Case Study: A Direct To Camera Commercial
Sound For A One Talent & Single Camera Commercial for Ranpak
As was the case on this production, it’s always nice when I get to work with my friends over at Black Valve, who produced, directed, and shot this video.
From the perspective of the sound department, this was a pretty simple commercial featuring one talent & being a scripted single camera shoot. Black Valve’s choice to shoot it at Creative House Studios made a big impact in the quality of the final audio. Their cyc studio is fortunately surprisingly dry (compared to other cyc studios) considering its a 3 walled cyclorama floor to ceiling. This is predominantly due to use of acoustic absorption on the ceiling & walls, as well as the ceiling not being parallel to the floor. They also have double walls isolating them from the outside world, so fortunately background noise isn’t an issue there.
Recording The Dialog
On a production like this, very clean dialog is a necessity. This is only achieved though through having quality gear with a very low noise floor & transparent sound. High quality recordings start at the source, all the way through the signal chain, it’s only as good as its weakest stage. It’s typical to record both boom & lavalier mics in this kind of scenario, and in this case a Schoeps CMC641 & DPA 6060 through Lectrosonics wireless both into a Sound Devices 664 mixer/recorder. While the boom sounded far superior to the lavalier and was all that was used for the mix, having a redundant source on the talent acts as a safety net in case a sudden change in blocking requires them to walk in or move off the boom’s position.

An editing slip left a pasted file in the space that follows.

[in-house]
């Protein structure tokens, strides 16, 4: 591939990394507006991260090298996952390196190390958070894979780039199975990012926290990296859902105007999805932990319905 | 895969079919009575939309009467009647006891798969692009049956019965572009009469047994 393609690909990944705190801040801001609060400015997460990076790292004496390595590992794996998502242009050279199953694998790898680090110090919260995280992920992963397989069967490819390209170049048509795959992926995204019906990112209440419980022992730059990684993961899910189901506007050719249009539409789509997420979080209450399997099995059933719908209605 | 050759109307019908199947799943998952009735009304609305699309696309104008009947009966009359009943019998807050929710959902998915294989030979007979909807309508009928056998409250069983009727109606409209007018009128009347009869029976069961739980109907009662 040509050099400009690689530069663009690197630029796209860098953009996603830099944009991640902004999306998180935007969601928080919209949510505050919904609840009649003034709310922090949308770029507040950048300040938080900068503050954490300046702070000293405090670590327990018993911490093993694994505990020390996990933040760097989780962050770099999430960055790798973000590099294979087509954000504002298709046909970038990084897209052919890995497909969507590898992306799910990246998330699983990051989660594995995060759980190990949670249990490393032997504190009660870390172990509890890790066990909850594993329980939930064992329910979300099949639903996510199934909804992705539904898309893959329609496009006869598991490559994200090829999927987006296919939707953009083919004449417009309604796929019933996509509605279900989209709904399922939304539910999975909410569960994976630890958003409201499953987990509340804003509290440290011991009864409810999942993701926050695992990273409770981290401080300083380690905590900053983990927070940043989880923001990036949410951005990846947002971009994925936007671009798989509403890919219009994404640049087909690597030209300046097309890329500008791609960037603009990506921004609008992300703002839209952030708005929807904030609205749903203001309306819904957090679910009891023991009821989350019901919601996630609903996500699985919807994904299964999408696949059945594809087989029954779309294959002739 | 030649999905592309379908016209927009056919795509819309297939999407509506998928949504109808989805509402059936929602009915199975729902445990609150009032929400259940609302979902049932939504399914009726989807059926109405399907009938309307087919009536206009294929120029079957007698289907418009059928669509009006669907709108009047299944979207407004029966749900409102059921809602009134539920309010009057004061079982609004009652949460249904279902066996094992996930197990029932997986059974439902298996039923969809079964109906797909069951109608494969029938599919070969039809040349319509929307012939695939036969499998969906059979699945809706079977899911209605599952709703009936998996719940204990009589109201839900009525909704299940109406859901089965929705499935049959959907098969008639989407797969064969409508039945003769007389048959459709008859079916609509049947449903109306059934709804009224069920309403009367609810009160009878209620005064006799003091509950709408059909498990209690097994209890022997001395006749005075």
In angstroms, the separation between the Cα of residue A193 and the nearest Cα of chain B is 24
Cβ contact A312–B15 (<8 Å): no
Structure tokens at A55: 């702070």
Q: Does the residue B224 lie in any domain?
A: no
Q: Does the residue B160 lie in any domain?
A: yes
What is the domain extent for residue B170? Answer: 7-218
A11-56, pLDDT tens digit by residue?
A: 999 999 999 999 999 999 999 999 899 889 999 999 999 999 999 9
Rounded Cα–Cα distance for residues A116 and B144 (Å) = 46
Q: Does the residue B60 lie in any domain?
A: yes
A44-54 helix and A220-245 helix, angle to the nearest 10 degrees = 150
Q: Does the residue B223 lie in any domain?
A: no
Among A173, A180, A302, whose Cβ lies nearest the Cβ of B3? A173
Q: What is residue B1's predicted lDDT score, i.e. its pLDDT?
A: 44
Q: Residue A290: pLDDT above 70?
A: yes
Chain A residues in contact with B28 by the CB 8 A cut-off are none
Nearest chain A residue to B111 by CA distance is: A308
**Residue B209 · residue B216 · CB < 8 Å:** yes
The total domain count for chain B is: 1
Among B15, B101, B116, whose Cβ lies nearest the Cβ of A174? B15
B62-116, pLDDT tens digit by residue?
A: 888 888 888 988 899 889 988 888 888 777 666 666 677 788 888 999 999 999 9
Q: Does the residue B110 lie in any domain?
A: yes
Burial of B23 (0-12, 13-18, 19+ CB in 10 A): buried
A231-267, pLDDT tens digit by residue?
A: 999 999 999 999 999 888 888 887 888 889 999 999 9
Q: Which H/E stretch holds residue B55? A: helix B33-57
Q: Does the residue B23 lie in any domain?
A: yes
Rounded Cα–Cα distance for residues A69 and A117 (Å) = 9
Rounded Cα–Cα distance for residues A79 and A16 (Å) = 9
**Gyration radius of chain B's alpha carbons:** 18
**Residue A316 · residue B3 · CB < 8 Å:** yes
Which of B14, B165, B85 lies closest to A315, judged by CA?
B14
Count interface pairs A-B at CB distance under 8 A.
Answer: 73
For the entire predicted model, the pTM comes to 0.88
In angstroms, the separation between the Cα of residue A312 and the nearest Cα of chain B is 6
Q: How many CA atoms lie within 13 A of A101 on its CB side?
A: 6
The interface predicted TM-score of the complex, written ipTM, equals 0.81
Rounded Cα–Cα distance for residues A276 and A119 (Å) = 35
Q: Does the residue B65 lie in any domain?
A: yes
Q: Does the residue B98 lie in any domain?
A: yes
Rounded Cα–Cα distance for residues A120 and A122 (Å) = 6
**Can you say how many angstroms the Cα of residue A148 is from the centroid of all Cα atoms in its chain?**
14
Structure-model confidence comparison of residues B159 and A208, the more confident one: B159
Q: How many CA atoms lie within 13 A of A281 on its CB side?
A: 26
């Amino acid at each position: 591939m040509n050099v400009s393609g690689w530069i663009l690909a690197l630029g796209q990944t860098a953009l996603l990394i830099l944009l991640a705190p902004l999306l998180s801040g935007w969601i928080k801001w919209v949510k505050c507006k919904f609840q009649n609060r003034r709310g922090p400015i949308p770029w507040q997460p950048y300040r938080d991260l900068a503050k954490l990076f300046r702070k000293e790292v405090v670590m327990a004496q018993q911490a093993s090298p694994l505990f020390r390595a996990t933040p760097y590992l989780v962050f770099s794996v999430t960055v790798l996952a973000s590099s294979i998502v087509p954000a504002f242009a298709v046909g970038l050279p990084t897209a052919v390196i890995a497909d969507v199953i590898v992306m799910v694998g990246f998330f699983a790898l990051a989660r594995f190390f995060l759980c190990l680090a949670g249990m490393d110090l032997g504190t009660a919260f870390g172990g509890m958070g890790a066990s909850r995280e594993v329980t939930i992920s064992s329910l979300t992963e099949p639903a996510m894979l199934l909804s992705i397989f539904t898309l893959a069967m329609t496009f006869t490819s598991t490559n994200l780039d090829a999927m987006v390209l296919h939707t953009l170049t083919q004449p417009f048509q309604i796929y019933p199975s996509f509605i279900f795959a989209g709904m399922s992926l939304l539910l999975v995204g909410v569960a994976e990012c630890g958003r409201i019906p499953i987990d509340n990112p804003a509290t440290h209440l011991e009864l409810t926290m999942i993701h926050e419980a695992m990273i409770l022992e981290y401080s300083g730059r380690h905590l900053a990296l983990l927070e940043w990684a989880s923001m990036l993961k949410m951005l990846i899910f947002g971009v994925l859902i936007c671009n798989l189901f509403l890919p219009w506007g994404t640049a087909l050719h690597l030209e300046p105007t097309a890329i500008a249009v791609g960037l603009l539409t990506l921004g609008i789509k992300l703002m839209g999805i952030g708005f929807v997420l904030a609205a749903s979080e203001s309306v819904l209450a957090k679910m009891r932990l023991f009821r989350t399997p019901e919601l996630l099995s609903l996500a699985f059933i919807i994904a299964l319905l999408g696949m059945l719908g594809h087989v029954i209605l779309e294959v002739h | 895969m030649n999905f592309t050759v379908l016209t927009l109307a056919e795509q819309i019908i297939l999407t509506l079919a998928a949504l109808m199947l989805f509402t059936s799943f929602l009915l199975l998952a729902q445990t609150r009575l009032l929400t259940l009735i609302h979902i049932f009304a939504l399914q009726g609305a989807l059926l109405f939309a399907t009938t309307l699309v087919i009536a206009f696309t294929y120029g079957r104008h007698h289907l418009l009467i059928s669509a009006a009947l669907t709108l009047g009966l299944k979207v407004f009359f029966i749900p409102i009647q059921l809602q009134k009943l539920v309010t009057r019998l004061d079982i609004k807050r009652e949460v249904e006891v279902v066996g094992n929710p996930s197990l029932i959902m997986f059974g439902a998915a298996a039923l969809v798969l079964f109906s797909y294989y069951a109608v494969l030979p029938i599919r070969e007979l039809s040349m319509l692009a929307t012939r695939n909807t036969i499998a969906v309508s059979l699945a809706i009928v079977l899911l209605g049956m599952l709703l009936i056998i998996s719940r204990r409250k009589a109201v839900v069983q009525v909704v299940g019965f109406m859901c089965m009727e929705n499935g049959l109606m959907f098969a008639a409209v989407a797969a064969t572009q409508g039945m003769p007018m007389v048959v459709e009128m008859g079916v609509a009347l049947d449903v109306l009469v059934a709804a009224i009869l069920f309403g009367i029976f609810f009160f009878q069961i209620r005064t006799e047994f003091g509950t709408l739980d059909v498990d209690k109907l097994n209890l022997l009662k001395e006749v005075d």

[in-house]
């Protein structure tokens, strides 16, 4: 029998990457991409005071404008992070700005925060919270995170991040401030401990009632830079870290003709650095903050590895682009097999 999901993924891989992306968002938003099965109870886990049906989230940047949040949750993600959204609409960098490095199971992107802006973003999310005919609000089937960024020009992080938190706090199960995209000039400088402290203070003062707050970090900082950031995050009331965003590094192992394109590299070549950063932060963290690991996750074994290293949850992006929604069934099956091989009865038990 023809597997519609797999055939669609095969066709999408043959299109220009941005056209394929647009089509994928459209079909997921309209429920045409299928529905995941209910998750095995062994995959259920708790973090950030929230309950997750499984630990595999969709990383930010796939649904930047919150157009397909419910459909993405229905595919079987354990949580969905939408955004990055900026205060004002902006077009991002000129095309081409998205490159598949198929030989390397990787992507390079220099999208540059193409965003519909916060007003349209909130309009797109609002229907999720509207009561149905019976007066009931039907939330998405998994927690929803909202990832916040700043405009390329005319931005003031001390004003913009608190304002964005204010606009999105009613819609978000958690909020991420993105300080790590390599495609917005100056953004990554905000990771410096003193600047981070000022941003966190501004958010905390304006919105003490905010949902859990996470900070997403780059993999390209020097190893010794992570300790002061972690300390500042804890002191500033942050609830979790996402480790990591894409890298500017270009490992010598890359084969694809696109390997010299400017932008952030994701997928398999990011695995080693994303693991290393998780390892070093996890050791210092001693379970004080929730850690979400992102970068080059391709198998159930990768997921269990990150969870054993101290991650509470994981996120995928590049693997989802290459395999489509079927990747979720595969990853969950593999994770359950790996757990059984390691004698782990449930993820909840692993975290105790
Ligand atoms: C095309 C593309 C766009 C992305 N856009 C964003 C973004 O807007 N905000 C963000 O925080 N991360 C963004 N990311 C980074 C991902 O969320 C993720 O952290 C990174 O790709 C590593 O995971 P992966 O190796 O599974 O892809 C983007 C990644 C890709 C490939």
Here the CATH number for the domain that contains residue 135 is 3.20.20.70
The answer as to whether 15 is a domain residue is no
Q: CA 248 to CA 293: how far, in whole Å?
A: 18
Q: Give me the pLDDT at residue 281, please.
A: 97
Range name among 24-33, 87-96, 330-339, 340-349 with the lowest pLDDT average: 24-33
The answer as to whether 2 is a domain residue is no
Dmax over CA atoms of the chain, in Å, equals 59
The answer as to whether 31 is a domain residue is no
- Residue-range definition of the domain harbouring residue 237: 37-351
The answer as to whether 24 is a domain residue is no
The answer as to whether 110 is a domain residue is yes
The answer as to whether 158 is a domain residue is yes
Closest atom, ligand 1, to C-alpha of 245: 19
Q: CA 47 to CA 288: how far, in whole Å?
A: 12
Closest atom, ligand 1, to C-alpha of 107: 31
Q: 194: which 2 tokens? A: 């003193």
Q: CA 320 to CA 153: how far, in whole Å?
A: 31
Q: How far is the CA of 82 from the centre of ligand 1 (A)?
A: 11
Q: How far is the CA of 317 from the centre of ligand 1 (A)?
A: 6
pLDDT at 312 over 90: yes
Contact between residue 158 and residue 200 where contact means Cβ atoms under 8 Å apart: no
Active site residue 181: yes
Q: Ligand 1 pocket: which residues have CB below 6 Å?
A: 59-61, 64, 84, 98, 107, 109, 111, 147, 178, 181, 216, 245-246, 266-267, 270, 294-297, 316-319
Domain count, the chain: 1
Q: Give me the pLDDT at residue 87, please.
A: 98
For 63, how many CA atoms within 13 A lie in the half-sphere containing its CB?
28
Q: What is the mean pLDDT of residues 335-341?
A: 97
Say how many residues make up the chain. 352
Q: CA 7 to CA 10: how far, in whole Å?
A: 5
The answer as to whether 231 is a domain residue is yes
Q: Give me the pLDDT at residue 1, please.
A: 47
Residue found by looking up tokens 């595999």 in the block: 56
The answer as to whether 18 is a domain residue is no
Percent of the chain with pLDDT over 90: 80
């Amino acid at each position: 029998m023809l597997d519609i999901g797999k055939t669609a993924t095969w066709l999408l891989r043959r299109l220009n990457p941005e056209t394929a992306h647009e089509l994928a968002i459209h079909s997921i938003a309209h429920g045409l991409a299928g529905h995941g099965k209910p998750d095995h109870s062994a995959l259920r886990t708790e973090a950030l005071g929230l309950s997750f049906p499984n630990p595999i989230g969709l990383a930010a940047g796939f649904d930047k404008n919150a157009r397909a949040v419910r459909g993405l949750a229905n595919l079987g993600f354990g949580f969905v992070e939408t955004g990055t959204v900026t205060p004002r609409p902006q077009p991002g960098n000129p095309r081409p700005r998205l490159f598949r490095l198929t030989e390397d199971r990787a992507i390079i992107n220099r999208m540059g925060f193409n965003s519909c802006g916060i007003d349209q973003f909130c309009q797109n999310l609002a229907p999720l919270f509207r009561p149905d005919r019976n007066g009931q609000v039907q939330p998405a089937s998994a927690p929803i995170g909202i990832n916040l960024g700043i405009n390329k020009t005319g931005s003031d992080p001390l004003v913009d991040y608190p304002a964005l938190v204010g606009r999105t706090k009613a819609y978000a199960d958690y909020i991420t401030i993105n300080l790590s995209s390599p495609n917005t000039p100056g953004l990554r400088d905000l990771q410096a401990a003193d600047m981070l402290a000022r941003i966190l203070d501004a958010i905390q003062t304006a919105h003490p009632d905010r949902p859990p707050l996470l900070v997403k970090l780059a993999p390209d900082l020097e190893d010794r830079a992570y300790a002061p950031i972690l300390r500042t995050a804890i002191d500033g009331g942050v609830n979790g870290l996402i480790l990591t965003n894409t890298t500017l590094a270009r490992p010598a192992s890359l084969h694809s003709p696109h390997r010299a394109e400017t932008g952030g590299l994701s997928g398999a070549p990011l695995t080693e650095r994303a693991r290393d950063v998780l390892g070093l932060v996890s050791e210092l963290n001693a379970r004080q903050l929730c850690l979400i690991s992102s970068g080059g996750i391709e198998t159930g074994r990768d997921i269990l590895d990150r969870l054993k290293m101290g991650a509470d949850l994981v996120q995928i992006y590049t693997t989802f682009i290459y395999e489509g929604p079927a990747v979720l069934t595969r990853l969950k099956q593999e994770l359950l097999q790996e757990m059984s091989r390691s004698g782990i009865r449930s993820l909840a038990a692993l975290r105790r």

Audio & Camera Sync
Anytime you record audio separately from the camera (Also known as Double System), it needs to be synchronized in post-production. This however starts during production, implementing Timecode being one of the best & most cost effective ways to align audio & video in post. It’s worth noting timecode isn’t truly sync but metadate used for alignment, and while probably not necessary for a shoot like this, by implementing Genlock & Wordclock alongside Timecode, you can achieve true sync. You can deep dive into sync with this video.
Outside of the sound recordist, it’s very typical for people like end clients, agency people, producer, director, etc may need an IFB headset allowing them to listen in on sound being recorded. On this specific shoot that included our director, a representative from the creative agency, and two people from the end client.
As with any shoot, there are a number of factors that go into what the end cost will be, which can be subdivided into labor & equipment rentals.
When budgeting for a shoot, equipment needed is one of the biggest factors. The base equipment package (Recorder, 1 Boom, 2 Wireless, & Hardline feed to camera) covers all the recording needs for this, but in addition to that they also rented a Sync Box, & 4 IFB headsets.
Base Equipment Package @ $350/day
1 Sync Box @ $50/day
4 IFB headsets @ $50/day for the first (1 TX & 1 RX) & $25/additional RX/day
Equipment Total: $525/day
Since this shoot didn’t push into overtime and was only a single day shoot, it’s about as straightforward as it gets. My labor rate is $700/10 hour day.
Equipment Total: $525
Labor Total: $700